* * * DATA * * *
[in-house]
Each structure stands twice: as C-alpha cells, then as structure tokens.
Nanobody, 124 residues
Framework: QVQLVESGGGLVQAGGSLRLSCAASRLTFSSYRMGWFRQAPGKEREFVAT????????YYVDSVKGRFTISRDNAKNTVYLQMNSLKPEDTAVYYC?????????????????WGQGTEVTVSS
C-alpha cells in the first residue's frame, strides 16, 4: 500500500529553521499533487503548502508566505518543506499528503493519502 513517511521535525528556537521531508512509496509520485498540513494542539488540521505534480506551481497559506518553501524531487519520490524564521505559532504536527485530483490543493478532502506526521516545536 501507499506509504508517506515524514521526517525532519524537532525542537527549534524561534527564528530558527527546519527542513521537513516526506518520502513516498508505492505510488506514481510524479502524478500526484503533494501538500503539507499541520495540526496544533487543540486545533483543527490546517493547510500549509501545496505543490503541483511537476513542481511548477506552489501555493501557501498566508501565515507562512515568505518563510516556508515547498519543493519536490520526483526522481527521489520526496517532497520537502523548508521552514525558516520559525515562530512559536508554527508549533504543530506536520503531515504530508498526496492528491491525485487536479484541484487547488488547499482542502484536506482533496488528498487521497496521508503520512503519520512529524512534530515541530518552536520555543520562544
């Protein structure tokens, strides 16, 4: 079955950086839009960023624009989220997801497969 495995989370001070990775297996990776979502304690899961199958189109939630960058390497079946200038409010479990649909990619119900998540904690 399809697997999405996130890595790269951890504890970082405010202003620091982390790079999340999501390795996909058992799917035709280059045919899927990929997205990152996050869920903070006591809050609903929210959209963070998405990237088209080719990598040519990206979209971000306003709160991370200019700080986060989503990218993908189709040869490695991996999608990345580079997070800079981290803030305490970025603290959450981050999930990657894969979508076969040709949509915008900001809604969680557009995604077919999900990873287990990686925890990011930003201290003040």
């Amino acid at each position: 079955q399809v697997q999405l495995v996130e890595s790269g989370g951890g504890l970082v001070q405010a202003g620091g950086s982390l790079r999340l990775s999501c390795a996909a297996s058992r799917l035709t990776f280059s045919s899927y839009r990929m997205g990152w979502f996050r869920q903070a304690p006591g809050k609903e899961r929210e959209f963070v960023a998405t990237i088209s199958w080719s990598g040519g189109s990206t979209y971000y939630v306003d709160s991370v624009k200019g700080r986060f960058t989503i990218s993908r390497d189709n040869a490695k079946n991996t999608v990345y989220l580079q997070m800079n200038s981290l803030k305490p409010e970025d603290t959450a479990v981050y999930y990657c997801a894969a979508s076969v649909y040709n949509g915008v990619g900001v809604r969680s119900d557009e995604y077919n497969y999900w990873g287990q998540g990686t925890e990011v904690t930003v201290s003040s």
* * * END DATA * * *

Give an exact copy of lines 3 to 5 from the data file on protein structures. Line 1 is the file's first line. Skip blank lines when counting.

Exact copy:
Nanobody, 124 residues
Framework: QVQLVESGGGLVQAGGSLRLSCAASRLTFSSYRMGWFRQAPGKEREFVAT????????YYVDSVKGRFTISRDNAKNTVYLQMNSLKPEDTAVYYC?????????????????WGQGTEVTVSS
C-alpha cells in the first residue's frame, strides 16, 4: 500500500529553521499533487503548502508566505518543506499528503493519502 513517511521535525528556537521531508512509496509520485498540513494542539488540521505534480506551481497559506518553501524531487519520490524564521505559532504536527485530483490543493478532502506526521516545536 501507499506509504508517506515524514521526517525532519524537532525542537527549534524561534527564528530558527527546519527542513521537513516526506518520502513516498508505492505510488506514481510524479502524478500526484503533494501538500503539507499541520495540526496544533487543540486545533483543527490546517493547510500549509501545496505543490503541483511537476513542481511548477506552489501555493501557501498566508501565515507562512515568505518563510516556508515547498519543493519536490520526483526522481527521489520526496517532497520537502523548508521552514525558516520559525515562530512559536508554527508549533504543530506536520503531515504530508498526496492528491491525485487536479484541484487547488488547499482542502484536506482533496488528498487521497496521508503520512503519520512529524512534530515541530518552536520555543520562544